Wednesday 19 February 2014

Bats and mushroom growing underground in France.

One thing I've learnt is that when you get out and about you never know what that day will bring and that was certainly the case again the other week when I went to do a bit of underground Bat recording organised by Samuel Ducept and Miguel Gailledrat of Vienne Nature. We met at the bureau at 9am which is early enough for me in winter and as soon as everyone was present set of in two vehicles, 5 people in each to go our separate ways for the day.

I must mention that for some unknown reason it seems that it’s mainly females in France that are “into” bats and Saturday was no exception. Other than Sam and Miguel I was the only male the other 7 being “girls”, (any female under about 35 or possibly 40 is a girl to me these days).

We were going to try and research some underground cavities that either hadn't been looked at before or hadn't been researched for several years. These are all old workings, principally underground quarries in the first instance to provide the limestone that was used to build the châteaus and houses and most were then used for other functions, storing food such as cheese if part of a large property or used as champignonnières – commercial mushroom production. This was the principle means of commercial mushroom production in France during the 19th century until the middle of the 20th century thanks to the ideal conditions they provided, a more or less constant temperature, easy to regulate air flow and a good level of humidity. The process is quite complex and rather than make gross errors I have linked to a good site below in French with some interesting old photos but all methods required the use of containers filled with compost made with a mix of manure and straw plus lime.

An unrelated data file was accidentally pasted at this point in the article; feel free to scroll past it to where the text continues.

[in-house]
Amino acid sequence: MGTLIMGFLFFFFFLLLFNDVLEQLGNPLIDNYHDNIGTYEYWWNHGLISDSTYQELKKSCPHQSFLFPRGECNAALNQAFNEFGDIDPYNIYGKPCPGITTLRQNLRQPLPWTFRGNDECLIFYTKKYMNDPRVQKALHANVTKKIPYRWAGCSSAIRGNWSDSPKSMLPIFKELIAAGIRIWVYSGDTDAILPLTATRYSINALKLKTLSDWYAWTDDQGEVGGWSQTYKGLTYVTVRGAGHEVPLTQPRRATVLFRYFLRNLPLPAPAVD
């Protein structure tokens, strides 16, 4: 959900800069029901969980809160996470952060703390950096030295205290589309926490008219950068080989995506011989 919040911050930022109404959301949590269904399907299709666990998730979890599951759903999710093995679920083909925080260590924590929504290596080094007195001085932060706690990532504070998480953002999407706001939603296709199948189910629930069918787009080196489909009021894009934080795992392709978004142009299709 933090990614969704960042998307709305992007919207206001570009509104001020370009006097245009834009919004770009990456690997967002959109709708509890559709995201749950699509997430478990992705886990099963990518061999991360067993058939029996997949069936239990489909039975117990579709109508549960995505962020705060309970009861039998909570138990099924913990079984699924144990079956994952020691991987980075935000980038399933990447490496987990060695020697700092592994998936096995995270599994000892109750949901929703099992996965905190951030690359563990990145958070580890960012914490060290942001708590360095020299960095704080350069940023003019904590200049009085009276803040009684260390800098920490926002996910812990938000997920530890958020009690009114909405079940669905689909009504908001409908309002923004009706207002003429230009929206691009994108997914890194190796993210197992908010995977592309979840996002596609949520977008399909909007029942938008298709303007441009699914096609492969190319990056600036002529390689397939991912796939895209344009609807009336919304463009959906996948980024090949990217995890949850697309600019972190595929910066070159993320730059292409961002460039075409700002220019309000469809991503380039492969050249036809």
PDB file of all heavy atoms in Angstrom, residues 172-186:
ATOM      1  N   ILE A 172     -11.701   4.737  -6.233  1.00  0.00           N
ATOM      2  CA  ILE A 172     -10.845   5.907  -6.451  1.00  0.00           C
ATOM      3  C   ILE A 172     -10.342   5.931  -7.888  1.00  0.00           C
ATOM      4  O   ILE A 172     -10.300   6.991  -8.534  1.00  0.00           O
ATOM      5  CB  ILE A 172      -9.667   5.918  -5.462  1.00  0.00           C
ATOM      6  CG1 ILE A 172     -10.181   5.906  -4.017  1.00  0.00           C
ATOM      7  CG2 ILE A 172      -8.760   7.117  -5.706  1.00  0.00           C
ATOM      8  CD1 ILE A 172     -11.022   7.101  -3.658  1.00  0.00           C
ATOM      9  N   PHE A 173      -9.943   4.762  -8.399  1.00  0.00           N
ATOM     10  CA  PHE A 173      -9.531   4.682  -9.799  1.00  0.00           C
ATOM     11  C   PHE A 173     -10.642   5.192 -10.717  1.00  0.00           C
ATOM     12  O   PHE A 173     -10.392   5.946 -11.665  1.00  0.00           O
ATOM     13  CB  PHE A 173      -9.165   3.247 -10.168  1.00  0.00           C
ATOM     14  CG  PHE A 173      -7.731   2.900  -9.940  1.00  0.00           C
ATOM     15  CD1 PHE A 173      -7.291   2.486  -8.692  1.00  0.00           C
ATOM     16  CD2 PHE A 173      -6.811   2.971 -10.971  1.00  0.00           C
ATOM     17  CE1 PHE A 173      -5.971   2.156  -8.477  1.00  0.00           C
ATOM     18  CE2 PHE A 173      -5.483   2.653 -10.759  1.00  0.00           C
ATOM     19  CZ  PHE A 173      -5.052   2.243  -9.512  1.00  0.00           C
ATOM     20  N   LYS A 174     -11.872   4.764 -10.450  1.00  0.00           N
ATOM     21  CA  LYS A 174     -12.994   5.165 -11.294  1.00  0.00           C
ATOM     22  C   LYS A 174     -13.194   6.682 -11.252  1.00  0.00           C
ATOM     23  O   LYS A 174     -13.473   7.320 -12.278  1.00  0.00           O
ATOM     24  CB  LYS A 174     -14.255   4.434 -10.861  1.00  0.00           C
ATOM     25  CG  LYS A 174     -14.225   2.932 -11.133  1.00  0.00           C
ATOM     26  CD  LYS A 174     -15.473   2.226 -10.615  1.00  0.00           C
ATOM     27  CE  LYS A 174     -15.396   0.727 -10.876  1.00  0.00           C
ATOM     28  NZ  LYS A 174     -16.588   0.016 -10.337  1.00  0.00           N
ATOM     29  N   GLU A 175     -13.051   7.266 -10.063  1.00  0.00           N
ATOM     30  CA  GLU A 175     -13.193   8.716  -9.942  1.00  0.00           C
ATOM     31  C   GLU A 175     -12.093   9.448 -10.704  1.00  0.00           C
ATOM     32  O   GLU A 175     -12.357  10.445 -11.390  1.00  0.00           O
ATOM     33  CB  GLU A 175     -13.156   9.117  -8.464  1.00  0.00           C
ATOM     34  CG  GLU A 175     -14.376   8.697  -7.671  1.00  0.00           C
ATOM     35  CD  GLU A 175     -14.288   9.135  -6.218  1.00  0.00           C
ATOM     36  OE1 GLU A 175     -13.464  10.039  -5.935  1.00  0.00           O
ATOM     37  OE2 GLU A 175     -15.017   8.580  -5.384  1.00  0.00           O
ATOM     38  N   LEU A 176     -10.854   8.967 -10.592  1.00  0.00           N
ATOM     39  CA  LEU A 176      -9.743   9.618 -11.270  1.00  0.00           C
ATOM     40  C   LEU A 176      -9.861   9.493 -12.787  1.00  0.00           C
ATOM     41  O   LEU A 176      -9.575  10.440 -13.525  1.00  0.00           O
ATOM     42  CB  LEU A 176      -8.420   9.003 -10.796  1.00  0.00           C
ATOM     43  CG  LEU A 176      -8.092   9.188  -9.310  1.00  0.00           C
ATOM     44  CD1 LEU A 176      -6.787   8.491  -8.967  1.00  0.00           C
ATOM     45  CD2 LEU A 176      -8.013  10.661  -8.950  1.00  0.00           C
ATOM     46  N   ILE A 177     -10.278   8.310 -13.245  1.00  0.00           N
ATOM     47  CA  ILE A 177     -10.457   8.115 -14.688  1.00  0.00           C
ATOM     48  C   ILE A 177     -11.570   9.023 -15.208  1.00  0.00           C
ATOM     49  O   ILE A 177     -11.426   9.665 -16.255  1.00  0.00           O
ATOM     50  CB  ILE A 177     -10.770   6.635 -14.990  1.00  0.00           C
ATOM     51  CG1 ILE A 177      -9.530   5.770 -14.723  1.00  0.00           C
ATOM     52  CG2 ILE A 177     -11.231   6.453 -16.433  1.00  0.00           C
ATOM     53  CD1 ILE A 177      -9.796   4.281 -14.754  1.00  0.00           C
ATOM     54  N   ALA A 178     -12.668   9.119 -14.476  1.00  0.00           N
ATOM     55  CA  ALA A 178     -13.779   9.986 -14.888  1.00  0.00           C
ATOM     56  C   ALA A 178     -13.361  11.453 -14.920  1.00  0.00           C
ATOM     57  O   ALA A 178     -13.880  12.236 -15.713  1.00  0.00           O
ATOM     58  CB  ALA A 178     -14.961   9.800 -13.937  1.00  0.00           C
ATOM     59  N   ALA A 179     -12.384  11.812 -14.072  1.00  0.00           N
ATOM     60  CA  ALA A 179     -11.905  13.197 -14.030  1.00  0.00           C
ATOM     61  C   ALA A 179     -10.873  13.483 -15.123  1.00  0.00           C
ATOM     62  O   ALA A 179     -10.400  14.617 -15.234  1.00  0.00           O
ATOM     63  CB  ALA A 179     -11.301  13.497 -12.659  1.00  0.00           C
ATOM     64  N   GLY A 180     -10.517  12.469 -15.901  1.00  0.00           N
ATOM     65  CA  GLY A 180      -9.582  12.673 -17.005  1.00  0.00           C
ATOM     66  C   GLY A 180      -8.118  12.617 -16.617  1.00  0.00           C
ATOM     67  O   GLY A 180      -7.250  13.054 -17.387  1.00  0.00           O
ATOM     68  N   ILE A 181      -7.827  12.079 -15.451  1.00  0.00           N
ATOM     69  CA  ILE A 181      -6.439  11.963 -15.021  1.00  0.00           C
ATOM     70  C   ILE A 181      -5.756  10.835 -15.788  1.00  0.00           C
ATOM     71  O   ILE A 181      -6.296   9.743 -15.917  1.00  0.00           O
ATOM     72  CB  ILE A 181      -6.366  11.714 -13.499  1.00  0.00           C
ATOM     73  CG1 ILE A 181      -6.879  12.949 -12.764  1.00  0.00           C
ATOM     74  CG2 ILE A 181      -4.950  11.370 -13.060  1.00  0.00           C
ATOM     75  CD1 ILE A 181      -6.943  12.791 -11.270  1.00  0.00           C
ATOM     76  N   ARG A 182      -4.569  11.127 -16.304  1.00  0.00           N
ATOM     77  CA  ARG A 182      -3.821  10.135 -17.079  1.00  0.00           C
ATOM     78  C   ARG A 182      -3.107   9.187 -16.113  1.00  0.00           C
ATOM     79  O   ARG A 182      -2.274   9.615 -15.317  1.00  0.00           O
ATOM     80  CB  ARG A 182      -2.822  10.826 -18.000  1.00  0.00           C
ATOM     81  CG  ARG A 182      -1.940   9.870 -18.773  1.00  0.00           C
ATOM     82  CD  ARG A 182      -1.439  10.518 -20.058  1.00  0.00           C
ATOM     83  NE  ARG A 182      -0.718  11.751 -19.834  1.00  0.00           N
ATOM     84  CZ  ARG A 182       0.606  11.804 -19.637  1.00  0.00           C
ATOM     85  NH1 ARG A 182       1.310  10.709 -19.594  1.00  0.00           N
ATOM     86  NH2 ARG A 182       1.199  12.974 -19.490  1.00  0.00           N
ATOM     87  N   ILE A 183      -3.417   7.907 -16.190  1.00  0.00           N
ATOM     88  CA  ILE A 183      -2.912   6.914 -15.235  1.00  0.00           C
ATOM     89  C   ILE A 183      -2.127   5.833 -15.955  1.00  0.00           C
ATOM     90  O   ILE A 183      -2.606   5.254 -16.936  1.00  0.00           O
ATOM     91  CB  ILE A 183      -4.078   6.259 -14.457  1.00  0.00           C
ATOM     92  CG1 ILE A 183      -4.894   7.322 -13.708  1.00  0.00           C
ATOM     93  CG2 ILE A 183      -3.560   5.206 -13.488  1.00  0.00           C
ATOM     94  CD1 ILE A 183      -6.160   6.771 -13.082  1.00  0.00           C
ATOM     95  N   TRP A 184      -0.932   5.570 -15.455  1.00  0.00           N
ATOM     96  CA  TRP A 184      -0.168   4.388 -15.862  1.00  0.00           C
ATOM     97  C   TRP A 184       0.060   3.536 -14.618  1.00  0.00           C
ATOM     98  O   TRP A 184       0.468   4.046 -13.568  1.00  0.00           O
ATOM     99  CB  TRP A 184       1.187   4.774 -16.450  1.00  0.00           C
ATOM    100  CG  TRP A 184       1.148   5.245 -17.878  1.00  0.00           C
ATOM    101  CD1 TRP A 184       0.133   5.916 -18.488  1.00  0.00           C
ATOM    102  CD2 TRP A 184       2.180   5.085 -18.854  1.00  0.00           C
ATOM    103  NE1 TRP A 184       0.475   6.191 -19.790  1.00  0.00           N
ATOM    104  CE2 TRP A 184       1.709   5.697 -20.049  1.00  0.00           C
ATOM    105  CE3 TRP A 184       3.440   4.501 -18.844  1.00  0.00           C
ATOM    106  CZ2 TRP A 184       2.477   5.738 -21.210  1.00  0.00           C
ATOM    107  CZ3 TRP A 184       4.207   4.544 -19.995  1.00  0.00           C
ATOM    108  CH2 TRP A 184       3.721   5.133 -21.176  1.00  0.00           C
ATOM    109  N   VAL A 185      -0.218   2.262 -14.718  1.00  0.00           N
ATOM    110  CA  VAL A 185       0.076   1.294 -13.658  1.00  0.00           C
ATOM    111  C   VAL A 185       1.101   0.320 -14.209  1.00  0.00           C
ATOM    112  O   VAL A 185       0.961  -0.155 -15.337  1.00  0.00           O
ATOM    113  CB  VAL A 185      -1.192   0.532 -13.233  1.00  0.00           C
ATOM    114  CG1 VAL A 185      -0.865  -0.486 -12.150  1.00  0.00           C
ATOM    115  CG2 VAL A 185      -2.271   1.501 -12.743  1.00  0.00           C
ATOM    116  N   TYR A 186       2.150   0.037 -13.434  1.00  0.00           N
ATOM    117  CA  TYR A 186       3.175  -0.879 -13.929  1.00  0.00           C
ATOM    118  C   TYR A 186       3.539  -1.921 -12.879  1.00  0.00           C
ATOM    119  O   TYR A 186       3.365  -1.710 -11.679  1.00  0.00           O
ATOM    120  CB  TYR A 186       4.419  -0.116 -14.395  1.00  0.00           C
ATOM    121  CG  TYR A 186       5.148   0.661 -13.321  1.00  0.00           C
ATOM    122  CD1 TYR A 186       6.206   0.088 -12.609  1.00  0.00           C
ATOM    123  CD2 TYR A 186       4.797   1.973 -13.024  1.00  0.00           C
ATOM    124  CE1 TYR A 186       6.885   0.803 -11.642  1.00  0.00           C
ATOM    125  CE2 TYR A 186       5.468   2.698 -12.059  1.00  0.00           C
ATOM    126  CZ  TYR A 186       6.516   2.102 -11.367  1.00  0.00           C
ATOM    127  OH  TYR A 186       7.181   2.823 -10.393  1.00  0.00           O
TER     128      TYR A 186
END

Click on photos to enlarge.

These old underground caves or cavities are always on private land, often some distance from a road and sadly many have become blocked or overgrown. Of course overgrown or even partially blocked isn't necessarily a problem for over wintering bats providing they still have reasonable access but it obviously reduces the ability to record numbers effectively. Inevitably for us it meant drawing several blanks which is always disappointing however we did manage to find and gain access to several caves of varying sizes over the course of the day even when it meant overcoming a few obstacles.

It’s probably not a surprise to anyone that these caves are used by all manner of other species besides bats and in two caves there was the unmistakable and all pervasive smell of fox and even a brief glimpse of one as it ran away from our lights. Large numbers of Peacock butterflies and literally hundreds if not thousands of Herald moths Scoliopteryx libatrix hibernating all over surfaces of one cave and even a small cluster of Eristalis tenax hoverflies in a shallow hole in the rock face. There are always small clouds of lethargic mosquitoes and other midges waiting for spring and even quite large numbers of chocolate coloured slugs in one cave.

Not all bats favour caves to over winter with many species using houses, buildings or cavities in forest trees. The common pipistrelle Pipistrellus pipistrellus, one of the commoner bats prefers buildings and when found in a cave it will usually be near the entrance as will be Barbastelle Barbastalla barbastellus. The Large and Small Horseshoe bats are to be more likely found far from the entrance in the warmer air where they can sometimes remain moderately active even flying around sometimes and as they are often not actually asleep greater care needs to be taken not to disturb them.

Totals for the day.

Greater Horseshoe bat    73
Lesser Horseshoe bat      12
Brown Long eared bat     5
Daubentons bats             8
Whiskered bat                42
Geoffroy's bat                23
Natterer's bat                  6
Bechstein's bat                5
Greater mouse-eared bat  33

Although there was a reasonable number of Greater Horseshoe bats they weren't in substantial groups.


Monday 17 February 2014

Spring is in the air - well almost.

Not quite out of the woods yet with a sharp cold spell always possible ‘til mid March but today after all the rain the sun is finally shining, 11°C+ in the shade and life is emerging again even if perhaps only briefly taking a break from hibernation for some creatures.